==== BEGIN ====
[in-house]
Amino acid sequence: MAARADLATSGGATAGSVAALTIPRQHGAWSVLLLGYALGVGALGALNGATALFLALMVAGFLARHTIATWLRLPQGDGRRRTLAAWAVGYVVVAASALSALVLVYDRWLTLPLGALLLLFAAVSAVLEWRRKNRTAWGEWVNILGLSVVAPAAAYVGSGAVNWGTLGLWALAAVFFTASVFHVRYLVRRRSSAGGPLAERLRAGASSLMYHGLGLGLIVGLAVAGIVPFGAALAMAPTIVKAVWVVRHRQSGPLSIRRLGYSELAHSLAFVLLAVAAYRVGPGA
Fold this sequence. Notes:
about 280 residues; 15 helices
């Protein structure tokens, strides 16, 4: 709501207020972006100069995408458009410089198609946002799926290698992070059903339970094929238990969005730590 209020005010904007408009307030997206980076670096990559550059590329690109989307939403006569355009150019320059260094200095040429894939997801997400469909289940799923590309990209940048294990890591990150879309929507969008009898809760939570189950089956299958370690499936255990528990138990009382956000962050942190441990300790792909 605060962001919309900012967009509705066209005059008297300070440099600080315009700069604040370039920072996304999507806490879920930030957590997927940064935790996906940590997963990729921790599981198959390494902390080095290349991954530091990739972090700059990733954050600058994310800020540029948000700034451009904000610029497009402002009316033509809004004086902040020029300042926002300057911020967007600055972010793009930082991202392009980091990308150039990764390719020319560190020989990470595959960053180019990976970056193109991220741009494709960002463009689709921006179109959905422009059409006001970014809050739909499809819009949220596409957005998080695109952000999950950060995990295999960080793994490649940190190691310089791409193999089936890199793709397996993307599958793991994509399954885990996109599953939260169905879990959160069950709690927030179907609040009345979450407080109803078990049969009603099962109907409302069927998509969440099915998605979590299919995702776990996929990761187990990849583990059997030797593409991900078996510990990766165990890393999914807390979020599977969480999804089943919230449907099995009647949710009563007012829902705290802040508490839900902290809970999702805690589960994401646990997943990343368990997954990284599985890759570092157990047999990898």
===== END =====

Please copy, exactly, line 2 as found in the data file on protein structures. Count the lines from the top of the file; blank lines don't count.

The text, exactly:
Amino acid sequence: MAARADLATSGGATAGSVAALTIPRQHGAWSVLLLGYALGVGALGALNGATALFLALMVAGFLARHTIATWLRLPQGDGRRRTLAAWAVGYVVVAASALSALVLVYDRWLTLPLGALLLLFAAVSAVLEWRRKNRTAWGEWVNILGLSVVAPAAAYVGSGAVNWGTLGLWALAAVFFTASVFHVRYLVRRRSSAGGPLAERLRAGASSLMYHGLGLGLIVGLAVAGIVPFGAALAMAPTIVKAVWVVRHRQSGPLSIRRLGYSELAHSLAFVLLAVAAYRVGPGA